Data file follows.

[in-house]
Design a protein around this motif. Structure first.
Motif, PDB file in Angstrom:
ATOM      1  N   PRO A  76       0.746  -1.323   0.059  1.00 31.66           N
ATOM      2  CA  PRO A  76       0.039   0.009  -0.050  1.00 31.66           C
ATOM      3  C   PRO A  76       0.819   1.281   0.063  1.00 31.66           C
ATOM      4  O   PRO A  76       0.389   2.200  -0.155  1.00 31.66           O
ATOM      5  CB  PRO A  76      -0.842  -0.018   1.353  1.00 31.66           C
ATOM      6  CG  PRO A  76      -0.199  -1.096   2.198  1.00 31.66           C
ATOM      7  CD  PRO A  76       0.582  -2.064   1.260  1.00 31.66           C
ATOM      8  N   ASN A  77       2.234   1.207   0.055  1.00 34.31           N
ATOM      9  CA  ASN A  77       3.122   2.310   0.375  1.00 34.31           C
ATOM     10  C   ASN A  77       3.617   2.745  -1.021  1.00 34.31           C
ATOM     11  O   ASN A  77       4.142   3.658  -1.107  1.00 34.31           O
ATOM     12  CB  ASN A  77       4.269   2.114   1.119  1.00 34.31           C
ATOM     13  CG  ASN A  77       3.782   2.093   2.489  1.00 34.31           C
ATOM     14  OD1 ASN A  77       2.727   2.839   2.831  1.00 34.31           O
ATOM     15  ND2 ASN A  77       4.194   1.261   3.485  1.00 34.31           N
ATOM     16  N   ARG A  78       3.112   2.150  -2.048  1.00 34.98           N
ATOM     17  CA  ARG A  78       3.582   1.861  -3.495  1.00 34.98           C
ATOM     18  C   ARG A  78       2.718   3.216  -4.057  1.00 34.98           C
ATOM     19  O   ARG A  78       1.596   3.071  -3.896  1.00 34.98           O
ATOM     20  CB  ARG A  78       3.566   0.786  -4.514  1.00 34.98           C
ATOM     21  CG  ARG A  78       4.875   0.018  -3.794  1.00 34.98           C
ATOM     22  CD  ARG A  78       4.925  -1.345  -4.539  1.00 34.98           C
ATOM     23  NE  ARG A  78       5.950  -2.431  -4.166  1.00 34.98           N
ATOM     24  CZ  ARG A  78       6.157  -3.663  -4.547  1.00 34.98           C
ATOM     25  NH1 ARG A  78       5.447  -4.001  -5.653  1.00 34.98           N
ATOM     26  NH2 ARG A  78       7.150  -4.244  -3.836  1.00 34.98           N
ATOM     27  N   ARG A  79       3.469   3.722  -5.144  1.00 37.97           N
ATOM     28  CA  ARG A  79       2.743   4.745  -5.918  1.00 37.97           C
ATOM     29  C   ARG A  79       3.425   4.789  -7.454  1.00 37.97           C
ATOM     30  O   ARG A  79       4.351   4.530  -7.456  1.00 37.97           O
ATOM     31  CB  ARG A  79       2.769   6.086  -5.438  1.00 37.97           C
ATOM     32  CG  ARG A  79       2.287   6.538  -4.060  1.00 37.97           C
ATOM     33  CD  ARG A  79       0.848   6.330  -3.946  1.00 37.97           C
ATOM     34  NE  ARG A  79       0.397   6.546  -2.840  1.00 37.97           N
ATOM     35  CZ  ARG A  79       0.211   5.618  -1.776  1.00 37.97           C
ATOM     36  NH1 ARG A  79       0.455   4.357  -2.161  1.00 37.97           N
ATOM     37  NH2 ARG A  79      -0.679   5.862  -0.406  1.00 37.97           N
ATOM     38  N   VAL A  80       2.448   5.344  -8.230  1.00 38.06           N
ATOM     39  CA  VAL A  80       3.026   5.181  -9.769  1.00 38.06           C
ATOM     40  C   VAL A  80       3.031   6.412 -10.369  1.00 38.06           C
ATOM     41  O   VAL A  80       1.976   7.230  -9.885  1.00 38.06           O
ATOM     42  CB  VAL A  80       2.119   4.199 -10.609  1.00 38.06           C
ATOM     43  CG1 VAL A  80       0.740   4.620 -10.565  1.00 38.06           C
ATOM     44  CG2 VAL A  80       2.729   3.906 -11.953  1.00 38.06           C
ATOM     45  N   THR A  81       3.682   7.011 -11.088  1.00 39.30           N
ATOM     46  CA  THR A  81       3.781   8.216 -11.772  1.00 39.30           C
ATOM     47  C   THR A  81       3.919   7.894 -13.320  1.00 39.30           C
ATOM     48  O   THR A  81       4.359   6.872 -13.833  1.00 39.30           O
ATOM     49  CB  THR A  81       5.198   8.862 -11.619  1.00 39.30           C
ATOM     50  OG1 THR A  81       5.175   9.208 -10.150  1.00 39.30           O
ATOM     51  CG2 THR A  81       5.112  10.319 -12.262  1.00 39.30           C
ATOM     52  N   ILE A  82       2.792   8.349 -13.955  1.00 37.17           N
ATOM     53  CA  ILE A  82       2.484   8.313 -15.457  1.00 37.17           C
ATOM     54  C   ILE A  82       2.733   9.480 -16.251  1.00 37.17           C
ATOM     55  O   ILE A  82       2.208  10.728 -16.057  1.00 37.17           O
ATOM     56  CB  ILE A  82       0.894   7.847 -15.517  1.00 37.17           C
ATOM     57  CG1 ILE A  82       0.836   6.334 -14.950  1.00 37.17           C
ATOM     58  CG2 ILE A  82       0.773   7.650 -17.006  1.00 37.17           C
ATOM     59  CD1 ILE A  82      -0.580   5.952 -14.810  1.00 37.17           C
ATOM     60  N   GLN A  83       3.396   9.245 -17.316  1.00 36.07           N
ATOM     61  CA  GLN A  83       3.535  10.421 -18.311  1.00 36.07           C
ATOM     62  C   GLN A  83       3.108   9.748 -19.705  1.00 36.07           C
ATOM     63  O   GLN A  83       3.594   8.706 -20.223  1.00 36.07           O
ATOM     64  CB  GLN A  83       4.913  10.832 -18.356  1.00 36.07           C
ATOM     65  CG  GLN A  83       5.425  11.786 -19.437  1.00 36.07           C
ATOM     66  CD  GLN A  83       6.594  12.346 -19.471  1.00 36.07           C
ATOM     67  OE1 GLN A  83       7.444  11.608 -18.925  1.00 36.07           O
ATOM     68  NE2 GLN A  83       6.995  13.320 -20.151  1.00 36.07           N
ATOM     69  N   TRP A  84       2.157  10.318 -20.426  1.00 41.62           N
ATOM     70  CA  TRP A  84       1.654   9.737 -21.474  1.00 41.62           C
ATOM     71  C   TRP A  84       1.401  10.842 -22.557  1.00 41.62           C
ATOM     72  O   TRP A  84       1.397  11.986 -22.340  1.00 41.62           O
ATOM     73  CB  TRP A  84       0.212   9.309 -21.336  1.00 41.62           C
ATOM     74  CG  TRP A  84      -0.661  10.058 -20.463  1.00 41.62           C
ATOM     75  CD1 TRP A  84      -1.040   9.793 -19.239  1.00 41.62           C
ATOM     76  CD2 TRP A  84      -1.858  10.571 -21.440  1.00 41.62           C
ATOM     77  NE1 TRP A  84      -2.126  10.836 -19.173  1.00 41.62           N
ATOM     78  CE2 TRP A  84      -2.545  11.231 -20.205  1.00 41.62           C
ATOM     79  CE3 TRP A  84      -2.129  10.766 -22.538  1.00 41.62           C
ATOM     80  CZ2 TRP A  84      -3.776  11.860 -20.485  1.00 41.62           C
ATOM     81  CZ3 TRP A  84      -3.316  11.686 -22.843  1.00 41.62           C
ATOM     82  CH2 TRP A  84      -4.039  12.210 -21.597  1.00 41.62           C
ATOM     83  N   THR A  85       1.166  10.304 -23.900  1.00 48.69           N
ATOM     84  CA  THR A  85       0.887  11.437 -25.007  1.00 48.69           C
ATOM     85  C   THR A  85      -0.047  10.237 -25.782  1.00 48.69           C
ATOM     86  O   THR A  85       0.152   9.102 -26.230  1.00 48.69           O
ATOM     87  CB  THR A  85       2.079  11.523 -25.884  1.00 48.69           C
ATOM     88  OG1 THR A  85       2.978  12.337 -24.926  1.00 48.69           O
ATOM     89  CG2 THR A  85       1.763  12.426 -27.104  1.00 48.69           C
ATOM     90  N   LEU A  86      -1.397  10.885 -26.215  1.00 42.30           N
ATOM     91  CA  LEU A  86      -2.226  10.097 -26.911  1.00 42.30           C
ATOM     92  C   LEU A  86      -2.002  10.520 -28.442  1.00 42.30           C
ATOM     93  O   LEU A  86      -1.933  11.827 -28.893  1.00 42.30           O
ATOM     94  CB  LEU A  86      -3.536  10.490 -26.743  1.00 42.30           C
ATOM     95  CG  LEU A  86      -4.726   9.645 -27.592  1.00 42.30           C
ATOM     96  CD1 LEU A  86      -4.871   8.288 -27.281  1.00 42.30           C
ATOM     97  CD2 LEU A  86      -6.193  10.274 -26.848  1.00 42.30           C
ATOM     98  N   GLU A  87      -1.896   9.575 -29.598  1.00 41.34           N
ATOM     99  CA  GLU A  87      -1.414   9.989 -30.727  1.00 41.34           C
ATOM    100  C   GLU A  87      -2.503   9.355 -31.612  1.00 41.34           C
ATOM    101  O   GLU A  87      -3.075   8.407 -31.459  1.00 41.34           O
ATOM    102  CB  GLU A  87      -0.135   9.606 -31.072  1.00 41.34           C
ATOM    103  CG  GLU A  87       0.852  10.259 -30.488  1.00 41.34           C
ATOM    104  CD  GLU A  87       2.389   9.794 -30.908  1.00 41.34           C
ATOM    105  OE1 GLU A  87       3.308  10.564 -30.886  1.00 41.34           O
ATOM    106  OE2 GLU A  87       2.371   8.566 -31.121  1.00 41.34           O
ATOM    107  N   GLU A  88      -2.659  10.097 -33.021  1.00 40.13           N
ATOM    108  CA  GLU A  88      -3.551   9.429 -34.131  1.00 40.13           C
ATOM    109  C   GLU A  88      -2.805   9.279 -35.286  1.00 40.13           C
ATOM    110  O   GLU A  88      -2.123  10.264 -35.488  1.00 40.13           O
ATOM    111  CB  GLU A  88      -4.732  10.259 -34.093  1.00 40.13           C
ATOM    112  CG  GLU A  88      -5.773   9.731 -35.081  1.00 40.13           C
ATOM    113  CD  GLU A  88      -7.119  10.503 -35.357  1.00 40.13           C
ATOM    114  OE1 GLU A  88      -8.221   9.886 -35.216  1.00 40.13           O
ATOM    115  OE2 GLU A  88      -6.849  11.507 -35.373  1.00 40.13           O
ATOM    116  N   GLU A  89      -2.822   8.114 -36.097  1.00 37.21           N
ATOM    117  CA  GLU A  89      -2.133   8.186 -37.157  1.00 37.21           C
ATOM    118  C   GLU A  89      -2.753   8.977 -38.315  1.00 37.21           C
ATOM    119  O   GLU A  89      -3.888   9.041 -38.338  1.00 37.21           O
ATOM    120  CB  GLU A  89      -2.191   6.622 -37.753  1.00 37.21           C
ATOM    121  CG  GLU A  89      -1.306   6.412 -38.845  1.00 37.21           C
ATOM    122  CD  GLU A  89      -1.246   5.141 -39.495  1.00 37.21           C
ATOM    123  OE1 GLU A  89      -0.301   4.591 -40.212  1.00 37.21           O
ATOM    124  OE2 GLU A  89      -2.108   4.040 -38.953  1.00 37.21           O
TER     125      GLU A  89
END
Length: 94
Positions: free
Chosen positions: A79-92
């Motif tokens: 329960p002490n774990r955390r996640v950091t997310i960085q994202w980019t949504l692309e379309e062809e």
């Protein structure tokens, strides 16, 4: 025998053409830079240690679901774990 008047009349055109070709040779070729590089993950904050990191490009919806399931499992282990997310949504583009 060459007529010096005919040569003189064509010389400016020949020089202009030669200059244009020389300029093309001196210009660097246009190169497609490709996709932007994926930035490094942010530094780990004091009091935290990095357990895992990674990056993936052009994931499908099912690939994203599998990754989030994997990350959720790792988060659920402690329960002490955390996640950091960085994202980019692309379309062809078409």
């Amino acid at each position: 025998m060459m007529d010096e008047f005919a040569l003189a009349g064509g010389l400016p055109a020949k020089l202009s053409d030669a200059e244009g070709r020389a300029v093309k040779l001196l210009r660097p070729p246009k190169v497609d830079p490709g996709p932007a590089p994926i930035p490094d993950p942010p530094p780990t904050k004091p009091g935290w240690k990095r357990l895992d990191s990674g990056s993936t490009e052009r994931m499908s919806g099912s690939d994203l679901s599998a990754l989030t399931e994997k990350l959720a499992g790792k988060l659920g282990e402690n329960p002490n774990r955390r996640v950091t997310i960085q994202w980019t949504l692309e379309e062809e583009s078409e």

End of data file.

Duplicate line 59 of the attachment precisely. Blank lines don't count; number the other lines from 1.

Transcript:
ATOM     56  CB  ILE A  82       0.894   7.847 -15.517  1.00 37.17           C